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Peguform France’s new technology based on the thermocompression of thermoplastic composites – Sandwiform® – is used in automotive floor applications. Two of these are presented in this article: one is for the floor of the Microcar MC1, made in France; the other, for the cargo load floor on the Jeep Grand Cherokee, manufactured in the United States by parent company Venture Industries.
(Published on August-September 2005 – JEC Magazine #19)
BY THIERRY RENAULT, RESEARCH & INNOVATION MANAGER, PEGUFORM FRANCE
Sandwiform® is a recyclable thermoplastic composite that consists of a honeycombed cellular core placed between two reinforced thermoplastic skins. A thermocompression production process transforms a stack of plies into a thermoplastic sandwich structure with very high stiffness-to-weight ratio, impact strength and corrosion resistance. Sandwiform® can be covered on one or both sides with carpeting or other type of decorative finish. During the thermocompression process, both skins and the core are all stacked together and heated in an infrared oven. At this stage, the core is not yet bonded to the skins. The stack is transferred to a cold mould, where it is press-moulded at about 10 bars of pressure to form both the sandwich structure (all three layers bonded together) and the part in a single step.
The moulds can be designed so that part edges can be cut during the press-moulding step to obtain the finished part straight from the mould. Cycle time for moulding a finished part is about a minute, although it varies slightly depending on the type of materials used. The function of a sandwich panel is to separate, insulate, and support, at lower weight. Current Sandwiform® applications include large interior parts like cargo load floors, rear shelves, and even interior floor pans. Other potential applications are for engine shields, aerodynamic skis, or spare-wheel pans.
Semi-structural floor for the Microcar MC1
Since 2004, the Microcar Company in Montaigu, France has been manufacturing a licence-free vehicle called the Microcar MC1. The car is built using innovative spaceframe architecture, with aluminium profiles and a Sandwiform® floor. The floor consists of four carpet-clad parts from 5 to 7mm thick and a TPO-clad cover. The materials used in the application include Twintex co-mingled glass/polypropylene woven fibre fabric (770g/m2) for the skins, and PP honeycomb (density: 110g/l) for the core. Sandwiform® was chosen for its high stiffness-to-weight ratio compared to RTM; for the possibility for integrating carpet cladding into the moulding process; and for its good mechanical behaviour in terms of crashworthiness.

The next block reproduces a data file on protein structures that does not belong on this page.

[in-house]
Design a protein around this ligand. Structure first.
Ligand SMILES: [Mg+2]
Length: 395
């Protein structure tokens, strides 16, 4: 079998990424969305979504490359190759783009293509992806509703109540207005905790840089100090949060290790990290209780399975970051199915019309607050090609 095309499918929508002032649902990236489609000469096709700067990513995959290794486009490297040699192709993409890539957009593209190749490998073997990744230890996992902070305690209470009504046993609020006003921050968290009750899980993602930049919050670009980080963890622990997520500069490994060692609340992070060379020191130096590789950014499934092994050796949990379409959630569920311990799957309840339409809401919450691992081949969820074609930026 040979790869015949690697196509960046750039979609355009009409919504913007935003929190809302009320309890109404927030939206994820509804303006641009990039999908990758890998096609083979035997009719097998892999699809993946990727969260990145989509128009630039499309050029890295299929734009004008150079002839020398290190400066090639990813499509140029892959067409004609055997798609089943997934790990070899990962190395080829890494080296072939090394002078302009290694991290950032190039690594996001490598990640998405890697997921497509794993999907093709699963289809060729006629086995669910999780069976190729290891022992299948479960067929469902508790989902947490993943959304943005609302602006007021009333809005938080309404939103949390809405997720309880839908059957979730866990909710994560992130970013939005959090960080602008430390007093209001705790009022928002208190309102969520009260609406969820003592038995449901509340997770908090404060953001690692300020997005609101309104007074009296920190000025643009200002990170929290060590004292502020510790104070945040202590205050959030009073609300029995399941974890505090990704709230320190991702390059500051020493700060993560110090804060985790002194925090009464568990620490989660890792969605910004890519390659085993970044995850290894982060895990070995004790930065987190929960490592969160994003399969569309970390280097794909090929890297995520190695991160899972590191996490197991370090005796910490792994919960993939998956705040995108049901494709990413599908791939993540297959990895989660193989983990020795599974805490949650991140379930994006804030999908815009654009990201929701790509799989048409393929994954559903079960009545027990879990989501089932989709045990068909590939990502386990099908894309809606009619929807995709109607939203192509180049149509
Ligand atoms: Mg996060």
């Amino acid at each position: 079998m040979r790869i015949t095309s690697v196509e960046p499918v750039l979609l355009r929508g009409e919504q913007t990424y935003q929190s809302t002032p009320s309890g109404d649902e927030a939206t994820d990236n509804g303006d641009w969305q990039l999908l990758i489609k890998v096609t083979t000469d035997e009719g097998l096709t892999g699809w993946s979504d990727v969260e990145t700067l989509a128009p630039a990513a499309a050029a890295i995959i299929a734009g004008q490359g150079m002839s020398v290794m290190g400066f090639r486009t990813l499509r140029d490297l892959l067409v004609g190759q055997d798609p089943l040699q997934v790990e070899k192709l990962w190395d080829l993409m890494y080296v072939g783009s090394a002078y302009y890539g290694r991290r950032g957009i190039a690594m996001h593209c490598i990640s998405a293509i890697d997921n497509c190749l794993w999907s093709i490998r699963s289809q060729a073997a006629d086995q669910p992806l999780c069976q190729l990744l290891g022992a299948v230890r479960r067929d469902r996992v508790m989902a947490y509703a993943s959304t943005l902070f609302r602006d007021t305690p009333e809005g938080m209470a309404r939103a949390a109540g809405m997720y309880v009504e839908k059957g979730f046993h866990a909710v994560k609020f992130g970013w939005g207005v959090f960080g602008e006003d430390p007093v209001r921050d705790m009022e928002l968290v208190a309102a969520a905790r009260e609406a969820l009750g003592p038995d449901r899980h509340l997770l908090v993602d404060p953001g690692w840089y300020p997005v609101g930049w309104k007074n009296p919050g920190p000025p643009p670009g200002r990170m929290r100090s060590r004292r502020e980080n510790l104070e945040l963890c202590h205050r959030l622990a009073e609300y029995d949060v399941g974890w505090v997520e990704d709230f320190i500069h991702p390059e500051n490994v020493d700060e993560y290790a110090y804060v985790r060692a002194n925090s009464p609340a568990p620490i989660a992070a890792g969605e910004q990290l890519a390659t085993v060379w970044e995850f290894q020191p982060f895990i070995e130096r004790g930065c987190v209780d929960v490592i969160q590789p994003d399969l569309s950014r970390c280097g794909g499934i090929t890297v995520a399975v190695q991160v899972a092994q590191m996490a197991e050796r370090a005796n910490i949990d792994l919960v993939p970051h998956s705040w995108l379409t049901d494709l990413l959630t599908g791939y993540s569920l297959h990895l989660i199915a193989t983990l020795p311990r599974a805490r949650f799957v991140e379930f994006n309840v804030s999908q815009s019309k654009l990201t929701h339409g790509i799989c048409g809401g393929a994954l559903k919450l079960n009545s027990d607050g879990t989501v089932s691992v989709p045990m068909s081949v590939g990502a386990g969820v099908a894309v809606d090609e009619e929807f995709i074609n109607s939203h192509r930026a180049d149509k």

Microcar worked hard on the crash behaviour of its vehicle, and was able to demonstrate that the vehicle’s structure remained intact in EuroNCAP-requirement impact conditions against a deformable barrier at 45km/h, which is the vehicle’s maximum speed. The weight constraints for the MC1 car are very stiff: the vehicle’s maximum weight is 350kg.
Microcar’s previous vehicle, the Virgo, had an RTM-manufactured structure, with the floor weighing 29.4 kg. The floor on the MC1 in Sandwiform weighs only 17.3 kg, or 12.3 kg less – a drop of 42%! Peguform France moulds the entire five-piece floor at Pouancé in France’s Maine et Loire department. To cut down on the cost of moulds, parts cutting is a “compromise”, using cutter blades integrated into the moulds, with the more complex cutting done on demoulded parts using water-jet cutting. The moulds are made either of aluminium or of resin concrete.
Microcar requires an installed production capacity of 10,000 vehicles per year. When it receives the parts from Peguform, they are bonded to the vehicle’s aluminium structure. At the bonding station, the surfaces of the PP skins are activated with a flame treatment, and a cooling jig is used to hold the parts in place on the body during the heat-accelerated bonding step.
The new Jeep Grand Cherokee’s cargo load floor
Peguform France has transferred its Sandwiform technology to its parent company, Venture Industries in the United States. Venture started out on several short-run parts, including the rear shelf for the Ford T-Bird, then started in 2004 to work on a massproduced part – specifically, the cargo load floor for the new Jeep Grand Cherokee (230,000 parts per year). The material used in this application is a polypropylene (PP) honeycomb between two glassmat- reinforced PP skins. The skins are produced by the Eleison Company from recycled PP mixed with chopped glass fibres into a thin sheet of glass-mat thermoplastic (GMT).
Using the Sandwiform® process it was possible to meet the builder’s price objectives and still integrate multiple functions into the moulding process. These included carpeting, living hinges, and the possibility for welding injected PP parts onto the Sandwiform® structure. It also became possible to develop a complex part to be produced at the rate of 1,500 units per day. The functional integration increases product quality and helps to cut down on inventory costs, rework operations, and risk of operator error, as well. Venture Industries is developing several new products for SUV cargo floor applications, to be marketed in the coming months. These take full advantage of Sandwiform® properties.